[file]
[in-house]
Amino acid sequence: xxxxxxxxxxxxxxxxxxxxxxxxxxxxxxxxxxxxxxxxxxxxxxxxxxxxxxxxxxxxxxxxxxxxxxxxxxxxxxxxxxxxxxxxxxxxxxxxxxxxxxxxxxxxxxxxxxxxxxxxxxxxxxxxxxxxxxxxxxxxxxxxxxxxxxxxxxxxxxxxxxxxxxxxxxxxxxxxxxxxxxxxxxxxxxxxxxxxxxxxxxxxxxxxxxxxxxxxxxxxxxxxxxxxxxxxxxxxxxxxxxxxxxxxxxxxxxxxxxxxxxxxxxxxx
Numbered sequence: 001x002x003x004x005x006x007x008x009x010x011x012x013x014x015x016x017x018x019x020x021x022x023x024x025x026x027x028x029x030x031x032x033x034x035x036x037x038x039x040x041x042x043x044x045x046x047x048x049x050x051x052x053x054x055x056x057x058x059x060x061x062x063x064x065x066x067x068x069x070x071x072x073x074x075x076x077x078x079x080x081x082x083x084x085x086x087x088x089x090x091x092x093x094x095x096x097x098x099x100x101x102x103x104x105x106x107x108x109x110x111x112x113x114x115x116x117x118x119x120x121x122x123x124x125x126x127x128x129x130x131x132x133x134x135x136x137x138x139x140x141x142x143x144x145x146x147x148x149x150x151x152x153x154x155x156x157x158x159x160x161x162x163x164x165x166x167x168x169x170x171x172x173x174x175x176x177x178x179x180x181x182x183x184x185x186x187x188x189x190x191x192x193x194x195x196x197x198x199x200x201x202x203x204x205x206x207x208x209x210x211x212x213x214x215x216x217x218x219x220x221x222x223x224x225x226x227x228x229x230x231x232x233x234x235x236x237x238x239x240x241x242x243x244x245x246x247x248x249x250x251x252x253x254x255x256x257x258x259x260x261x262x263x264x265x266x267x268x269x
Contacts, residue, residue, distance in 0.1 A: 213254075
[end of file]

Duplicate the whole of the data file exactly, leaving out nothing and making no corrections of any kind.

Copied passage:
[in-house]
Amino acid sequence: xxxxxxxxxxxxxxxxxxxxxxxxxxxxxxxxxxxxxxxxxxxxxxxxxxxxxxxxxxxxxxxxxxxxxxxxxxxxxxxxxxxxxxxxxxxxxxxxxxxxxxxxxxxxxxxxxxxxxxxxxxxxxxxxxxxxxxxxxxxxxxxxxxxxxxxxxxxxxxxxxxxxxxxxxxxxxxxxxxxxxxxxxxxxxxxxxxxxxxxxxxxxxxxxxxxxxxxxxxxxxxxxxxxxxxxxxxxxxxxxxxxxxxxxxxxxxxxxxxxxxxxxxxxxx
Numbered sequence: 001x002x003x004x005x006x007x008x009x010x011x012x013x014x015x016x017x018x019x020x021x022x023x024x025x026x027x028x029x030x031x032x033x034x035x036x037x038x039x040x041x042x043x044x045x046x047x048x049x050x051x052x053x054x055x056x057x058x059x060x061x062x063x064x065x066x067x068x069x070x071x072x073x074x075x076x077x078x079x080x081x082x083x084x085x086x087x088x089x090x091x092x093x094x095x096x097x098x099x100x101x102x103x104x105x106x107x108x109x110x111x112x113x114x115x116x117x118x119x120x121x122x123x124x125x126x127x128x129x130x131x132x133x134x135x136x137x138x139x140x141x142x143x144x145x146x147x148x149x150x151x152x153x154x155x156x157x158x159x160x161x162x163x164x165x166x167x168x169x170x171x172x173x174x175x176x177x178x179x180x181x182x183x184x185x186x187x188x189x190x191x192x193x194x195x196x197x198x199x200x201x202x203x204x205x206x207x208x209x210x211x212x213x214x215x216x217x218x219x220x221x222x223x224x225x226x227x228x229x230x231x232x233x234x235x236x237x238x239x240x241x242x243x244x245x246x247x248x249x250x251x252x253x254x255x256x257x258x259x260x261x262x263x264x265x266x267x268x269x
Contacts, residue, residue, distance in 0.1 A: 213254075